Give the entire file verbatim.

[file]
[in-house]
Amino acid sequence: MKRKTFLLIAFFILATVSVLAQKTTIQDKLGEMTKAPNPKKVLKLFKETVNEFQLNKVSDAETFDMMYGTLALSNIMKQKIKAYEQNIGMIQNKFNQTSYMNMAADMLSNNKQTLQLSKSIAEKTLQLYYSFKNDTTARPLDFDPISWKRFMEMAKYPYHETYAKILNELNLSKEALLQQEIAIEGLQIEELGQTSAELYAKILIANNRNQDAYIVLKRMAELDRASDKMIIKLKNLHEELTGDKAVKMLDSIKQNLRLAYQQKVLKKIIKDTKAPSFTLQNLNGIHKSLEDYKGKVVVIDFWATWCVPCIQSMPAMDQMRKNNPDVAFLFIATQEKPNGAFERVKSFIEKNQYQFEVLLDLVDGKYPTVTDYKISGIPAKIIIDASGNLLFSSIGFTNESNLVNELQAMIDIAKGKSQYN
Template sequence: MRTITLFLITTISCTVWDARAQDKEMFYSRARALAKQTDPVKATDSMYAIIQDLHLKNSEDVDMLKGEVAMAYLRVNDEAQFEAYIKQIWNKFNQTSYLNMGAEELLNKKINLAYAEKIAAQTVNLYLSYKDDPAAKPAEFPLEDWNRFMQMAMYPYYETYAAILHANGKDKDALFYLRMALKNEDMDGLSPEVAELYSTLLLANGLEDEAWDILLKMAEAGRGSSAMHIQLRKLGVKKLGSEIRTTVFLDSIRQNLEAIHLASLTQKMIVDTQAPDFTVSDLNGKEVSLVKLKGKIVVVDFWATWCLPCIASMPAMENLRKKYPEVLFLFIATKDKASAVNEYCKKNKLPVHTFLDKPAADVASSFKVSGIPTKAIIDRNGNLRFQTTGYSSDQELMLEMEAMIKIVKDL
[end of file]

[in-house]
Amino acid sequence: MKRKTFLLIAFFILATVSVLAQKTTIQDKLGEMTKAPNPKKVLKLFKETVNEFQLNKVSDAETFDMMYGTLALSNIMKQKIKAYEQNIGMIQNKFNQTSYMNMAADMLSNNKQTLQLSKSIAEKTLQLYYSFKNDTTARPLDFDPISWKRFMEMAKYPYHETYAKILNELNLSKEALLQQEIAIEGLQIEELGQTSAELYAKILIANNRNQDAYIVLKRMAELDRASDKMIIKLKNLHEELTGDKAVKMLDSIKQNLRLAYQQKVLKKIIKDTKAPSFTLQNLNGIHKSLEDYKGKVVVIDFWATWCVPCIQSMPAMDQMRKNNPDVAFLFIATQEKPNGAFERVKSFIEKNQYQFEVLLDLVDGKYPTVTDYKISGIPAKIIIDASGNLLFSSIGFTNESNLVNELQAMIDIAKGKSQYN
Template sequence: MRTITLFLITTISCTVWDARAQDKEMFYSRARALAKQTDPVKATDSMYAIIQDLHLKNSEDVDMLKGEVAMAYLRVNDEAQFEAYIKQIWNKFNQTSYLNMGAEELLNKKINLAYAEKIAAQTVNLYLSYKDDPAAKPAEFPLEDWNRFMQMAMYPYYETYAAILHANGKDKDALFYLRMALKNEDMDGLSPEVAELYSTLLLANGLEDEAWDILLKMAEAGRGSSAMHIQLRKLGVKKLGSEIRTTVFLDSIRQNLEAIHLASLTQKMIVDTQAPDFTVSDLNGKEVSLVKLKGKIVVVDFWATWCLPCIASMPAMENLRKKYPEVLFLFIATKDKASAVNEYCKKNKLPVHTFLDKPAADVASSFKVSGIPTKAIIDRNGNLRFQTTGYSSDQELMLEMEAMIKIVKDL